The Woodward News

Local News

May 2, 2013

Test disruptions lead to frustration, questions

Woodward, Okla. — Computer problems with recent online testing have led to a lot of frustrations at schools across Oklahoma, including in Woodward.

Officials with the Woodward Public School District said that on Monday and Tuesday around 170 to 180 students each day were affected by disruptions in access to state mandated online tests.

"What the students experienced in the testing application that they use is a little pop up screen that simply says 'please wait,'" District Technology Coordinator Bryan Stephenson said. "Sometimes those stay up for just a few minutes, sometimes it's 15 or 20 minutes and sometimes its 45 minutes or more."

District Testing Coordinator Susan Viles said she was told that the longest disruption occurred when "at one point all the computers in the middle school labs were completely shut down for an hour and a half."

In addition to the long delays, some students were experiencing multiple disruptions.

"A testing session that on average may last about an hour and a half has extended itself to 3- and 4-hour, very exhausting events in which it (the testing application) may come up for a bit and then it's down, then it's up and then it's down again," Stephenson said.

Viles said she knows of at least one student who "spent 6 hours in that testing environment" because of all the disruptions.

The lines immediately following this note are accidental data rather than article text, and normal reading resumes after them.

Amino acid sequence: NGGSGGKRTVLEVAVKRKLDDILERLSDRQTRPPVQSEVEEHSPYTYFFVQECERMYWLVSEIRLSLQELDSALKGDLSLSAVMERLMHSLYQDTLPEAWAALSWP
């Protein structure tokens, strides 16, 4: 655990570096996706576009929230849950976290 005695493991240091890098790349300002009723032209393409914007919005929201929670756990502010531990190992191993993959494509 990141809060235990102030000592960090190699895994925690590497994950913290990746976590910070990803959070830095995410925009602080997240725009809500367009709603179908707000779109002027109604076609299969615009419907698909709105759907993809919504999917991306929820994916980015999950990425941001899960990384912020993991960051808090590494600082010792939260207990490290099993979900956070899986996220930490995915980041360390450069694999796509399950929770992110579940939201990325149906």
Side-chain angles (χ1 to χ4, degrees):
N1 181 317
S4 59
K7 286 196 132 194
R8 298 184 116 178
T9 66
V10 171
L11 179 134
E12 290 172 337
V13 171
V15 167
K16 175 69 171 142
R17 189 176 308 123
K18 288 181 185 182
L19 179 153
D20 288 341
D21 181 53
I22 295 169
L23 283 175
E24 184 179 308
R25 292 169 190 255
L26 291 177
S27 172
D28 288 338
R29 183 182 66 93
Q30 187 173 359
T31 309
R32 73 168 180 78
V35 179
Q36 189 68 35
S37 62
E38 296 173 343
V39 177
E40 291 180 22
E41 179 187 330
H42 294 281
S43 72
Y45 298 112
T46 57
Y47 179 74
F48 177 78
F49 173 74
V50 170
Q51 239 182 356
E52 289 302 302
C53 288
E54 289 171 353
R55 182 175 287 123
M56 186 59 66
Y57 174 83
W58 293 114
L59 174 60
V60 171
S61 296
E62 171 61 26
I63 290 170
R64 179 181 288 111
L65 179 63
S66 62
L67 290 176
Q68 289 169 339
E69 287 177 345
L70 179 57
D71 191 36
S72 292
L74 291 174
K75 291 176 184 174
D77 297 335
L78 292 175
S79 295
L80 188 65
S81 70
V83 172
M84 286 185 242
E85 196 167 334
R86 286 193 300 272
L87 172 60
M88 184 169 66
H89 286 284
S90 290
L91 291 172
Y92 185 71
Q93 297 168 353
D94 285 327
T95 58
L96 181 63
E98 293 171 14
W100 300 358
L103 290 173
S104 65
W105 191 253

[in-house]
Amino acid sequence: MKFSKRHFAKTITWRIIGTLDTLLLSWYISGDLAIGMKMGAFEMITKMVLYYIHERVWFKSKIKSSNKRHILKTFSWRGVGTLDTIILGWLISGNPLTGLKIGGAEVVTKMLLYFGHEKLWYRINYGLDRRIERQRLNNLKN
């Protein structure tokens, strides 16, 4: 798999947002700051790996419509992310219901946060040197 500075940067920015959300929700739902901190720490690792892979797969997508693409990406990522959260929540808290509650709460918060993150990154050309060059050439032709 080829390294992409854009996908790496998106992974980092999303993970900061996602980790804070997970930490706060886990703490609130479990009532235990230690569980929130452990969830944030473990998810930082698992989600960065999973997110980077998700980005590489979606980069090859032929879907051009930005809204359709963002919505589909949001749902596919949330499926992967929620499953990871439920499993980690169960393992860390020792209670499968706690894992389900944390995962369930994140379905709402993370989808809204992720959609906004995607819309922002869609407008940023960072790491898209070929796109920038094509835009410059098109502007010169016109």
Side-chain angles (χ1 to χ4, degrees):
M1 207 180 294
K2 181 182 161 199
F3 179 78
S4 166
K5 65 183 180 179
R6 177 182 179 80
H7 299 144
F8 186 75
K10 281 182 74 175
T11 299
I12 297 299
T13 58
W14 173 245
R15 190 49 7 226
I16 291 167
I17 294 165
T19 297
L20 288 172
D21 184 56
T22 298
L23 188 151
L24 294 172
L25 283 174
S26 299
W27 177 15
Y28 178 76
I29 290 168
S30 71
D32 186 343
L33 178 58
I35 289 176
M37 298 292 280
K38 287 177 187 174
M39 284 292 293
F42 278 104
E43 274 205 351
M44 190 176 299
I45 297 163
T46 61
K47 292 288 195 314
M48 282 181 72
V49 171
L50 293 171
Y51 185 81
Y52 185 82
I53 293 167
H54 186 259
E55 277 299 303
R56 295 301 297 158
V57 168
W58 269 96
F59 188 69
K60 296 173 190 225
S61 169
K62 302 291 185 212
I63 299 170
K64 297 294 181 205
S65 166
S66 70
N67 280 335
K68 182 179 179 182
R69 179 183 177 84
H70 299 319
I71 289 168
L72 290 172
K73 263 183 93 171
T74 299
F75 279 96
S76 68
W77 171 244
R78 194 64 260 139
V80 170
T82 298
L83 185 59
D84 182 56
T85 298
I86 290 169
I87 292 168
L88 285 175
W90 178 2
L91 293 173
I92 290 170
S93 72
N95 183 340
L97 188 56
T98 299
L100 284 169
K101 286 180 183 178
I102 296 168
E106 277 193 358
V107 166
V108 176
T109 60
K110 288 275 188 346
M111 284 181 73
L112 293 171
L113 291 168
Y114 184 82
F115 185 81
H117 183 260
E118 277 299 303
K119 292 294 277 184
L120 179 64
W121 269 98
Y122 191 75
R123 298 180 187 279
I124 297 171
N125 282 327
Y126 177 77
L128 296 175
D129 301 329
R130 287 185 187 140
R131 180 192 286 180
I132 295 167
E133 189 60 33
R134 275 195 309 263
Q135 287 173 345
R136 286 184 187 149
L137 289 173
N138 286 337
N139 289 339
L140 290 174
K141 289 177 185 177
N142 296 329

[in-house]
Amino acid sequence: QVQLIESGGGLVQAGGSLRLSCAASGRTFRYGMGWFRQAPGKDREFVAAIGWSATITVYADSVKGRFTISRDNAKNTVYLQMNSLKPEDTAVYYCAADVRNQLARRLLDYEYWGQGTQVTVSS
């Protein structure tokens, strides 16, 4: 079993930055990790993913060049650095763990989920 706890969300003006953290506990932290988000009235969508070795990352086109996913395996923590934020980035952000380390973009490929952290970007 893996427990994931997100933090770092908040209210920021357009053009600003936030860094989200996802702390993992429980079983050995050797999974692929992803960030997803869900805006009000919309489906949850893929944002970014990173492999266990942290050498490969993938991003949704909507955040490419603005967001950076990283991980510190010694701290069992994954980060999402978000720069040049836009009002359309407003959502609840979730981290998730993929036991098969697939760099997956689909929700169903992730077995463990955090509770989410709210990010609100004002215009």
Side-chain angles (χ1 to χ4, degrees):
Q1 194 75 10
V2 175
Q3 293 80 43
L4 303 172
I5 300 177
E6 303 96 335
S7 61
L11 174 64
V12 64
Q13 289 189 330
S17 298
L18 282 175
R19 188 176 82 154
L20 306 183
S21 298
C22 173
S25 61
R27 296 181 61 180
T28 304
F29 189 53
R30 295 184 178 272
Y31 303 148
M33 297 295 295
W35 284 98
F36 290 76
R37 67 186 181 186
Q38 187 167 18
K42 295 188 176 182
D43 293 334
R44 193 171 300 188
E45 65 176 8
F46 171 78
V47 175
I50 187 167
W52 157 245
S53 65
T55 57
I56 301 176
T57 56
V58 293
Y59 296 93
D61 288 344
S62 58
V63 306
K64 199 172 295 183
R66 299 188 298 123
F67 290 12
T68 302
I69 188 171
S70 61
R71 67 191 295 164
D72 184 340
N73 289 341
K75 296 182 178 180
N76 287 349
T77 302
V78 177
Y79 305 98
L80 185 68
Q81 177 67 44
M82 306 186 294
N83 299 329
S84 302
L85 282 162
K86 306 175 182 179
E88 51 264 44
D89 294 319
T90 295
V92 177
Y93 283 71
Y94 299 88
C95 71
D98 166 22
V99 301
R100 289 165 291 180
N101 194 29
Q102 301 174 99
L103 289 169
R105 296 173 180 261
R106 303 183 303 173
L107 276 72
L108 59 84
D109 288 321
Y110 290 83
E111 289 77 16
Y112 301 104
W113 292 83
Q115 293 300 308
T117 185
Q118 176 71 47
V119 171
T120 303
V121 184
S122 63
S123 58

"It was a long day," she said.

And the problems couldn't have come at a worse time for some students.

Viles said that on Monday there were 77 high school students taking their End Of Instruction (EOI) exam in Algebra 1.  This is an important test, she said, because it is one of 2 EOI tests that every high school student is required to pass in order to graduate.

At the middle school, she said 103 8th graders were taking their reading test on Monday, which she said was a "very important" test because students "are required to pass this test in order to get their driver's license."

On Tuesday the disruptions came as around 66 high schoolers were taking their Biology 1 EOI exam and approximately 100 8th graders were taking a math exam, Viles said.

In addition to just making for long test days for the students, the disruptions have created other "side effects."

"The bad side effect on this is that it really does mess up the continuity of the student and it plays through the psychological aspect of a student working through the test and raises frustration levels," Stephenson said.  "That obviously does not put students in the most conducive testing environment."

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